China-Japan relations sour as fishing boat dispute escalates
China-Japan relations have further deteriorated following China’s decision to cease high-level exchanges with Japan in protest at the extended detention of a Chinese fishing boat captain.
Tokyo — Relations between East Asia’s two leading powers have quickly deteriorated following China’s decision to cease high-level exchanges with Japan in protest at the extended detention of a Chinese fishing boat captain.
Beijing suspended relations between government officials and their Japanese counterparts over the weekend after a court in Japan extended the detention of the captain, Zhan Qixiong, for another 10 days while it considers whether or not to prosecute him. The 14 other members of the crew and their vessel have been released.
China’s Foreign Ministry said in a statement Sunday that Japan had “seriously damaged Sino-Japan bilateral relations.”
Mr. Zhan was arrested earlier this month after his boat collided with two Japanese coast guard boats in waters near the disputed Senkaku islands in the East China Sea. The uninhabited islands are administered by Japan but claimed by China – where they are known as Diaoyu.
Backdrop of mounting concern
Japan’s investigation into the collision is taking place against a backdrop of mounting concern in Tokyo over China’s military spending and its aggressive drive to secure new energy sources in disputed waters.
The prospects for a swift resolution to the row appeared more distant today after reports that China was preparing to begin drilling at an undersea gas field in another disputed part of the East China Sea, despite a 2008 agreement to jointly explore the area. Aerial photographs taken by Japan's Self-Defense Forces show that China recently transported what appeared to be drilling equipment to the gas field, Japan’s Kyodo News reported.
The Nikkei business newspaper said Japan’s prime minister, Naoto Kan, would consider “countervailing steps” if China began drilling, including the start of unilateral explorations by Japan and taking the case to the International Maritime Court.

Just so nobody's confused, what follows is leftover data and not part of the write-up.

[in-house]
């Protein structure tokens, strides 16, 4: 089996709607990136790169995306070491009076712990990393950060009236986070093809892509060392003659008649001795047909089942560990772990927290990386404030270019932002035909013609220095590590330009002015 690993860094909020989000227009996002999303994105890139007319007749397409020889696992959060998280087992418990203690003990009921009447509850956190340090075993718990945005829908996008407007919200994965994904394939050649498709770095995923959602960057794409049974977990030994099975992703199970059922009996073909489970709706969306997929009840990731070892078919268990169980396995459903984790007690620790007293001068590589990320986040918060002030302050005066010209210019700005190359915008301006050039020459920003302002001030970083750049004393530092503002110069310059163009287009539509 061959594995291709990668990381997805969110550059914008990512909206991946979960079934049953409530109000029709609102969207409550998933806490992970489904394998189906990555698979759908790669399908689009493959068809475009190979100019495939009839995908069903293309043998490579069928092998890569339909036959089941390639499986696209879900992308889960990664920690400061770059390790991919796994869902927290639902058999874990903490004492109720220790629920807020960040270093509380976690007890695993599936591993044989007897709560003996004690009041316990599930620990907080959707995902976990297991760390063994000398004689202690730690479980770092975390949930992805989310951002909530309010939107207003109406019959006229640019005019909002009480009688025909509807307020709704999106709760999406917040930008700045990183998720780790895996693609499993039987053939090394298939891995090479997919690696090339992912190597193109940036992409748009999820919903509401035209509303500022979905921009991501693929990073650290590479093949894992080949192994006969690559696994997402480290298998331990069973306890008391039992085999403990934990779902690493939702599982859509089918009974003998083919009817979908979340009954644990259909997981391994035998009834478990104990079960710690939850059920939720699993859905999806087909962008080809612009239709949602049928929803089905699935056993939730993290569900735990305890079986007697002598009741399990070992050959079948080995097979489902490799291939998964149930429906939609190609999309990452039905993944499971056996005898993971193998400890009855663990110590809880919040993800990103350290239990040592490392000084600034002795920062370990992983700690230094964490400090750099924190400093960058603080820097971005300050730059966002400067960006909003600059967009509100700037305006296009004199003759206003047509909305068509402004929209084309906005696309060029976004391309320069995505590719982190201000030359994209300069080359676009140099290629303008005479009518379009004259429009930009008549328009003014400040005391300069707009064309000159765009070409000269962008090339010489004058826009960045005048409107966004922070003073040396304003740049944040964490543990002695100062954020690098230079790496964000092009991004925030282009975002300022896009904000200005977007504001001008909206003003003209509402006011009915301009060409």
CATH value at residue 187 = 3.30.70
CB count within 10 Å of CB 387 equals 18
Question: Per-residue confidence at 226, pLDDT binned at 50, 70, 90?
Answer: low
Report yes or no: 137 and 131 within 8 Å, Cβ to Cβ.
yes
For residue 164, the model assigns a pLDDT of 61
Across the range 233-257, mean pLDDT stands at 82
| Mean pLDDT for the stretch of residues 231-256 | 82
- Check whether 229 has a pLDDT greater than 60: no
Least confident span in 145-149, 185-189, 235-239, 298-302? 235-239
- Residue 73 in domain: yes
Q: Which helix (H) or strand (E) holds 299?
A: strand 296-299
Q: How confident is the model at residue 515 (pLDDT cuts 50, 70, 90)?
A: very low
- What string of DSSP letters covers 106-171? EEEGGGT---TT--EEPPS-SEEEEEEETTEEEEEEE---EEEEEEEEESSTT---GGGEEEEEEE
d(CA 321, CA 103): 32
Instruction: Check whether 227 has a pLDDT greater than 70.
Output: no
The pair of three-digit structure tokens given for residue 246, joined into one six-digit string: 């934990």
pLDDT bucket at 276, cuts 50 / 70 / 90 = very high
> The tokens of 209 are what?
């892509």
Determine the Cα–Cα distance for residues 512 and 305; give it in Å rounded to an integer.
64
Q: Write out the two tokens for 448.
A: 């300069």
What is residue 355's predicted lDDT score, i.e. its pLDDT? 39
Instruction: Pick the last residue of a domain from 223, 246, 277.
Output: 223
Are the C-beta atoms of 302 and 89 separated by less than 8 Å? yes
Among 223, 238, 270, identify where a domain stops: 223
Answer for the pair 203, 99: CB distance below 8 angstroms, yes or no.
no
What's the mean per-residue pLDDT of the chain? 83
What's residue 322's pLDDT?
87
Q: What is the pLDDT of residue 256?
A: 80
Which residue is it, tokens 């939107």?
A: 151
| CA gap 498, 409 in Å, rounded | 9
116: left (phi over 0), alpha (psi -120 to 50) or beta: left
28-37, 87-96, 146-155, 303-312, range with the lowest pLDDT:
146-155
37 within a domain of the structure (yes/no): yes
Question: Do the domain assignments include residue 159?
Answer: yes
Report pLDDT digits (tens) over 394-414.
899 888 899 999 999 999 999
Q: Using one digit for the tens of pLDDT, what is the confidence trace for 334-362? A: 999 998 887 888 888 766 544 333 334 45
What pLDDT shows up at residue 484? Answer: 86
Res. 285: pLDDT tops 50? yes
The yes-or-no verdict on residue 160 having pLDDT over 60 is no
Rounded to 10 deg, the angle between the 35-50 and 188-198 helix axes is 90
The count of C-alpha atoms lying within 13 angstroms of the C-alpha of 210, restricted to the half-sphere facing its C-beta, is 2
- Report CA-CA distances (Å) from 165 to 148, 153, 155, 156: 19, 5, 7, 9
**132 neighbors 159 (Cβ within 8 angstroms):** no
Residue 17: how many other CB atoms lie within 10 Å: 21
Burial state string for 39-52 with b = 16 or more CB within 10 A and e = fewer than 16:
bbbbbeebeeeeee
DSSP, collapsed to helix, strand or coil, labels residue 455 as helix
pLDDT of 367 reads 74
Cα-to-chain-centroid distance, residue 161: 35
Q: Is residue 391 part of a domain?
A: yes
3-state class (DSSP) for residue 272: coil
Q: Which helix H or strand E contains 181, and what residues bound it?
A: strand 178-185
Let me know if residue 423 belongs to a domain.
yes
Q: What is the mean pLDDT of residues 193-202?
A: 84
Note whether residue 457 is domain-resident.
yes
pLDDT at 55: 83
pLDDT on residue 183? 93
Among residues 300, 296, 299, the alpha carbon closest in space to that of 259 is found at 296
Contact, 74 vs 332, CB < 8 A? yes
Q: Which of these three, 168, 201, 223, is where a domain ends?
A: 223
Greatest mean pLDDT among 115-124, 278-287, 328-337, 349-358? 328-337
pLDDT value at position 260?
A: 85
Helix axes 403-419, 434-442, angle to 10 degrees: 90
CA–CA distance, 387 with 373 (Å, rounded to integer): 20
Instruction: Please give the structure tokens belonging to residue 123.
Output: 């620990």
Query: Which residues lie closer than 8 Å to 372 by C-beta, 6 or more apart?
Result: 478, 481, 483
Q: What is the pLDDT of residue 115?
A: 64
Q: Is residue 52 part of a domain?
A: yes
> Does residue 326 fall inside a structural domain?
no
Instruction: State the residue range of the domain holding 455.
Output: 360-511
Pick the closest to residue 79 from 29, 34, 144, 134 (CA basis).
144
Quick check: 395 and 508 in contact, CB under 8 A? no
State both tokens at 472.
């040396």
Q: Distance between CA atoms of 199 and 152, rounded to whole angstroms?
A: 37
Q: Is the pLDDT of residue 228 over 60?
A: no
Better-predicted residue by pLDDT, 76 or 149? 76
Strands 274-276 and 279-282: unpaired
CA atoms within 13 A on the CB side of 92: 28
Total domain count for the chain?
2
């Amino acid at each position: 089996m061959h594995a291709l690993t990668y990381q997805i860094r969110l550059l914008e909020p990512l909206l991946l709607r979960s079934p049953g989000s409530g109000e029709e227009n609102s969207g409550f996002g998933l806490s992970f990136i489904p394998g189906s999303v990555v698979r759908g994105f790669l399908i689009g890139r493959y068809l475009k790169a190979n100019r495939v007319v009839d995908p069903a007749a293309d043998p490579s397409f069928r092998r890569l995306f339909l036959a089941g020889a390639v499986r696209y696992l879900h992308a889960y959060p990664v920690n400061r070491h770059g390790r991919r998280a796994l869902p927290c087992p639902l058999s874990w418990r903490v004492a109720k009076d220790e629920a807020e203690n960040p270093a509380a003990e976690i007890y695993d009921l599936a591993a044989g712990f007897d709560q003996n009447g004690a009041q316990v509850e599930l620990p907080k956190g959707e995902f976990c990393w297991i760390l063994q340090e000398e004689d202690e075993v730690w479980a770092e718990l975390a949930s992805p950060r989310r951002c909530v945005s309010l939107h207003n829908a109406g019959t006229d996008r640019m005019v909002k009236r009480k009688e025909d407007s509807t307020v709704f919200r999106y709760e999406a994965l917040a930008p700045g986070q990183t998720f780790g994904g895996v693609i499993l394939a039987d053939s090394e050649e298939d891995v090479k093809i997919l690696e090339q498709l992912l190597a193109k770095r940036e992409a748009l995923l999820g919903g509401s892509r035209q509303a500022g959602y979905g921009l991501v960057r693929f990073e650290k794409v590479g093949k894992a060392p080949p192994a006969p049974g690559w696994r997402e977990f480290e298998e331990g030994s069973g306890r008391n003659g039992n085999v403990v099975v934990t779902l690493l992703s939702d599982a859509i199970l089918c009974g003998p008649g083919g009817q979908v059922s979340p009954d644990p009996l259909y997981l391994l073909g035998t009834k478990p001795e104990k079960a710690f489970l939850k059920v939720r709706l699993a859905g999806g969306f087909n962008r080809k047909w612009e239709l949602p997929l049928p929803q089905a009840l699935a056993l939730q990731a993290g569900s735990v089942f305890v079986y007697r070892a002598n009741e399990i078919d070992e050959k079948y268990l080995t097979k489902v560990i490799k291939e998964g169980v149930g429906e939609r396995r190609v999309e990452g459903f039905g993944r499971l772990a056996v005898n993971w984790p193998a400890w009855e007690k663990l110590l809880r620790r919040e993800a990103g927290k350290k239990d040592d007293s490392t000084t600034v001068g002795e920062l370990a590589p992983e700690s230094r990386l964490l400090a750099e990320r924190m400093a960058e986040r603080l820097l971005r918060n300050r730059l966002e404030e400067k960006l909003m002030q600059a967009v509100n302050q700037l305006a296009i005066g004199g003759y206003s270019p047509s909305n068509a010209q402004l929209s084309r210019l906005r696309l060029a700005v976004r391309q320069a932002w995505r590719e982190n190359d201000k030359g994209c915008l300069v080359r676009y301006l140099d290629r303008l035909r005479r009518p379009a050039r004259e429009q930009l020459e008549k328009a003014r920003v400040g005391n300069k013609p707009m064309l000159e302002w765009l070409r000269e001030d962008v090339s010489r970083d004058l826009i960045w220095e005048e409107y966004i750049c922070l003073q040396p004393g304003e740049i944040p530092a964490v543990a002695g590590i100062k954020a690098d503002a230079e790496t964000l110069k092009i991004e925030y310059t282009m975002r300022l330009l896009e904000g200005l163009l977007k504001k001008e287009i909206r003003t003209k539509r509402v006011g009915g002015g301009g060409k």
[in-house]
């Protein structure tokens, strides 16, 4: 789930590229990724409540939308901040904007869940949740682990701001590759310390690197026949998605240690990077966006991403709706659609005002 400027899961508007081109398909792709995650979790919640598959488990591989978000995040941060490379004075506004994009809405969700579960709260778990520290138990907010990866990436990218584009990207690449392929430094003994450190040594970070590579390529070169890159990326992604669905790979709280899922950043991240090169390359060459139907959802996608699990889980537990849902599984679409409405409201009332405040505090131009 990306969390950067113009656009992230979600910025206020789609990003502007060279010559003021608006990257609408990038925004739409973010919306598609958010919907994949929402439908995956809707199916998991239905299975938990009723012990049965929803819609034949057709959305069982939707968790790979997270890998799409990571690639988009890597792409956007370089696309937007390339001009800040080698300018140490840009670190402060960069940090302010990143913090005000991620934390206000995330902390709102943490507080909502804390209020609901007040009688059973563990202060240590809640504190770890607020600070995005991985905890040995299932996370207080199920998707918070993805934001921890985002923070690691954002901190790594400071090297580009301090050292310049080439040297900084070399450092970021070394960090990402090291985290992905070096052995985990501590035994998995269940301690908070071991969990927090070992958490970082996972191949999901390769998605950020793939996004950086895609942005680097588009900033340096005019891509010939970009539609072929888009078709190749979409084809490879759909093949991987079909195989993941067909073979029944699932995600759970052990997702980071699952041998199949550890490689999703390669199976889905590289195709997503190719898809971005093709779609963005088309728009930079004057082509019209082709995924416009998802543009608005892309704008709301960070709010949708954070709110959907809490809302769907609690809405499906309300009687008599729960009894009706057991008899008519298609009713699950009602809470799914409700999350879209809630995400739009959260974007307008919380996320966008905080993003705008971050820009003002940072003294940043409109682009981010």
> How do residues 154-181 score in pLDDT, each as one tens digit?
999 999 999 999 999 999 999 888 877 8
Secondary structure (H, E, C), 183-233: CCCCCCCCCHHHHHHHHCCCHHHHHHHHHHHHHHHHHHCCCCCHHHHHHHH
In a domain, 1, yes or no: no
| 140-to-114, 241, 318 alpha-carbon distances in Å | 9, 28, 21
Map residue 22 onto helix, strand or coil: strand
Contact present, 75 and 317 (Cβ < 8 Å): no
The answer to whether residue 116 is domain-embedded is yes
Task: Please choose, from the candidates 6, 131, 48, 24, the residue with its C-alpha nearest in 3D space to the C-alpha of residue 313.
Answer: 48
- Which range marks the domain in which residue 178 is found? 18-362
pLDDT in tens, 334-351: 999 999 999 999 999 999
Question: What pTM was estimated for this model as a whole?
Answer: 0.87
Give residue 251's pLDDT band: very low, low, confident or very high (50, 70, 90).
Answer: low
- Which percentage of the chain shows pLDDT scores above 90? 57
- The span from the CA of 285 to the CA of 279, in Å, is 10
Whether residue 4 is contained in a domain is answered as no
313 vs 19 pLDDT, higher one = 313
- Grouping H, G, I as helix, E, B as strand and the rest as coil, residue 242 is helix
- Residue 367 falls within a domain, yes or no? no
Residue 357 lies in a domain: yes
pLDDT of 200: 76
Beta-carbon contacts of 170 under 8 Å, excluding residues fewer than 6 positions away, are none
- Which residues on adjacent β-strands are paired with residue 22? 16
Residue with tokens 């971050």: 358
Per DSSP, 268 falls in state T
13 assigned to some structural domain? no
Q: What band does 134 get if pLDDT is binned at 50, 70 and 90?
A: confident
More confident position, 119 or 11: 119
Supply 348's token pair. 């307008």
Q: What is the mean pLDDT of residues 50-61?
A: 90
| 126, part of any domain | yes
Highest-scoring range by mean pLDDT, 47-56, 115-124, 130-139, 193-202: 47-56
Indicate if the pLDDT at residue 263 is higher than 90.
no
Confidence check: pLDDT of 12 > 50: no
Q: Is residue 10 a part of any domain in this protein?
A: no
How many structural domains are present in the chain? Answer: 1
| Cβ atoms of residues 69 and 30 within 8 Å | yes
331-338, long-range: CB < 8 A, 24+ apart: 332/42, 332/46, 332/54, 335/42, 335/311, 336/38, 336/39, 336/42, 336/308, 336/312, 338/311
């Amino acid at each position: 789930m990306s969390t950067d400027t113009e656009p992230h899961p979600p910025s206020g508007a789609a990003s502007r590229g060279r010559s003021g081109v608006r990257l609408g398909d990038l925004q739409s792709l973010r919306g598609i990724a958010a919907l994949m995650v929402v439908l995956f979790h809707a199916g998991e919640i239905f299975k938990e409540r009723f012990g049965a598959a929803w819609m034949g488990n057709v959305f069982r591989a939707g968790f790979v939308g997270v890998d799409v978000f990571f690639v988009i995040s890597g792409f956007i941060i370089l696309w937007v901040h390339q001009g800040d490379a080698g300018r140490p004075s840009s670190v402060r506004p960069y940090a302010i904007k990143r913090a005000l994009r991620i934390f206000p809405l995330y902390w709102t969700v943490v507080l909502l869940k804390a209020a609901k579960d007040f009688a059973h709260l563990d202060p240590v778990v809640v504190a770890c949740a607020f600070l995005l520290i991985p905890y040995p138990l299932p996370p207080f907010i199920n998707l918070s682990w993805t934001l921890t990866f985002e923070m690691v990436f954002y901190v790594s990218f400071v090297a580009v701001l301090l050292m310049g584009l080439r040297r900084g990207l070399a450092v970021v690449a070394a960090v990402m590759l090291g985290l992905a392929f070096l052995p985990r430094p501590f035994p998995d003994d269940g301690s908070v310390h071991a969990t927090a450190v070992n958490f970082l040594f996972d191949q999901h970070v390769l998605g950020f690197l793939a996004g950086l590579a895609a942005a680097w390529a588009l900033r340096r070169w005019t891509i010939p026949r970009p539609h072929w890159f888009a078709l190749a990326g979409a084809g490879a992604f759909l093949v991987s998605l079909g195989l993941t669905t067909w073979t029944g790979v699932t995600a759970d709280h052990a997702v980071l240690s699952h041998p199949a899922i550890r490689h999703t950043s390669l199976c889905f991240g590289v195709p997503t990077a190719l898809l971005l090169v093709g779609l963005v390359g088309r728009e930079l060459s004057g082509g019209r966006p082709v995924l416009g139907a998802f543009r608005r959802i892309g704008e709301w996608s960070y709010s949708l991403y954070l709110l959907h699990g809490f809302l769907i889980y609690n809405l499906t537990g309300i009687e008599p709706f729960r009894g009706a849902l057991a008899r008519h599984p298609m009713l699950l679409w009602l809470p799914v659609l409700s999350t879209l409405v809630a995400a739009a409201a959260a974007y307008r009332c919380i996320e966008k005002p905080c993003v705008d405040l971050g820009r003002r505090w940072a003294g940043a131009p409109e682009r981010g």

China again summoned Japan’s ambassador in Beijing to communicate its anger over Zhan’s detention, and accused Japanese authorities of inflicting “severe damage” to bilateral ties.
“China demands that Japan immediately release the captain without any preconditions,” Ma Zhaoxu, a Foreign Ministry spokesman, said on the ministry’s website. "If Japan acts willfully despite advice to the contrary and insists on making one mistake after another, the Chinese side will take strong countermeasures, and all the consequences should be borne by the Japanese side.”
In Japan, officials insisted that Zhan’s arrest was a purely legal matter, and called for cool heads to prevail.
China suspends relations
A report in Tokyo quoted a spokesman for Kan as saying that Beijing had yet to inform Japan of its decision to suspend contacts. The spokesman was quoted as calling for "calm and prudent action by China” to prevent tensions from escalating.
Still, China's government announced the suspension of bilateral talks on increasing flights between the two countries. As Internet forums called for a boycott of Japanese goods, travel agencies canceled package tours to Japan, affecting as many as 10,000 people. China’s national youth association withdrew an invitation to 1,000 Japanese youngsters to attend the Shanghai Exposition this week, Japan’s Foreign Ministry said.
Chinese authorities ensured that minor protests against Japan held on Saturday – the anniversary of an incident that led to Japan’s occupation of large parts of China in the 1930s and 1940s – passed without incident.
Yet the strongest rhetoric has come from media in both countries. The Global Times, published by the Communist Party organ the People’s Daily, said: "China should have a set of plans in place to further sanction Japan, fighting a diplomatic battle with Japan of successive retaliation. China should use enough resources and force, and be prepared to sustain losses, because if we don't, Japan will go further down the path of a hard line towards China, and conflict that erupts between China and Japan will be even more intense."
The Yomiuri Shimbun, Japan’s best-selling newspaper, urged the government not to capitulate to Beijing’s demands.
"If China thinks that by taking a strong stance that Japan will just roll over, then it is mistaken," said an editorial in the Yomiuri Shimbun newspaper.
Neither side appears to have much to gain from a prolonged period of estrangement: bilateral trade is booming, and diplomatic relations have improved markedly since Junichiro Koizumi, Japan’s leader from 2001 until 2006, angered Beijing with annual visits to a controversial war shrine in Tokyo.